I don’t have all the answers, but I’m happy to give you what I’ve got. If Hubby and I can endure HellonEarth and keep two kids alive (which is sometimes a bit harder than it sounds), so can you.
If you are in the circle of an adopted child or adoptive parent, sometimes you will feel like walking away. Please don’t. They need all the help they can get. You’ll see what I mean. There’s a LOT they aren’t telling, because they don’t want you to run away screaming.
Adoption can feel very isolating. Almost like Witness Protection.
If you’ve read this far, thanks for hanging in with me. Tenacity is an excellent quality for dealing with adopted children. Also, you’ll need patience, empathy, and the ability to open a big ol’ can of whoop-a—oh, sorry…I mean…the ability to guide darling children through extremely difficult emotional ups and downs.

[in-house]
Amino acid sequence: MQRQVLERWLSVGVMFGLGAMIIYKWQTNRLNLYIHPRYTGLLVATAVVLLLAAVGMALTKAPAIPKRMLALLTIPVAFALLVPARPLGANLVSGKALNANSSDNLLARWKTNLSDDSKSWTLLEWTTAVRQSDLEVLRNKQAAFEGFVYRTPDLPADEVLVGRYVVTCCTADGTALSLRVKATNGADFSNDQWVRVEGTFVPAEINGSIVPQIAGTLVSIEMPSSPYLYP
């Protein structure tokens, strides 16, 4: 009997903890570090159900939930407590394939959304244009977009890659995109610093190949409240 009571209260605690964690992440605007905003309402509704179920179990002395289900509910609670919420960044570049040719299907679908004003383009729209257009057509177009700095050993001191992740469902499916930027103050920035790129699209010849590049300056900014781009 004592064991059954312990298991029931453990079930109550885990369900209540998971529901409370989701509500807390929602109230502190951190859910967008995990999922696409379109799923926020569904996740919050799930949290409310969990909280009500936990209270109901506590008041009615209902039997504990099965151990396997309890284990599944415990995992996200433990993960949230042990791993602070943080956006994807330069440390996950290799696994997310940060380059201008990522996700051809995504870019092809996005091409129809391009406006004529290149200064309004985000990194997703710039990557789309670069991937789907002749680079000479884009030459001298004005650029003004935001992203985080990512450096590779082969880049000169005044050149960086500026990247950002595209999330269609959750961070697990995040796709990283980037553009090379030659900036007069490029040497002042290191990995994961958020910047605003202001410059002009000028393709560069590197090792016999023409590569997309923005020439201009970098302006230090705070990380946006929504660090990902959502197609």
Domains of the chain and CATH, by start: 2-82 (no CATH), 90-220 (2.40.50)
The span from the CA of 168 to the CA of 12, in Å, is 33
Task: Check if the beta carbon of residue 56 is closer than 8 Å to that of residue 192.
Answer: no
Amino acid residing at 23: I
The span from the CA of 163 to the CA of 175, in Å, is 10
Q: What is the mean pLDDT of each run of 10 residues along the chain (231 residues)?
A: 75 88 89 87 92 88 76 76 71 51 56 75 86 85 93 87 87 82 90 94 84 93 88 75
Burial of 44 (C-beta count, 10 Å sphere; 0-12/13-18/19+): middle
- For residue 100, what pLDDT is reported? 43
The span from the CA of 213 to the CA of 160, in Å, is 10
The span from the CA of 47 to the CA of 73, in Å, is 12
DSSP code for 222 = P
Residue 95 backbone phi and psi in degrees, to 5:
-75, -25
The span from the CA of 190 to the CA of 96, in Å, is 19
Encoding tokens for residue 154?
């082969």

Actually, the can of whoop will likely be necessary for the social worker or other adult standing in the way of what your child needs. Keep it on hand.
Our kids will choose our nursing homes. I, for one, do not plan to end my days living in a storage unit with a bare bulb for heat. Especially now that we have to use those energy-efficient ones.
Casey Alexander writes and lives with her amazing, talented Hubby and two wonderful (and sometimes very weird) adopted children, along with three dogs and six outdoor cats. And also a hawk, who hangs around hoping to steal a cat (as the kids have grown too large).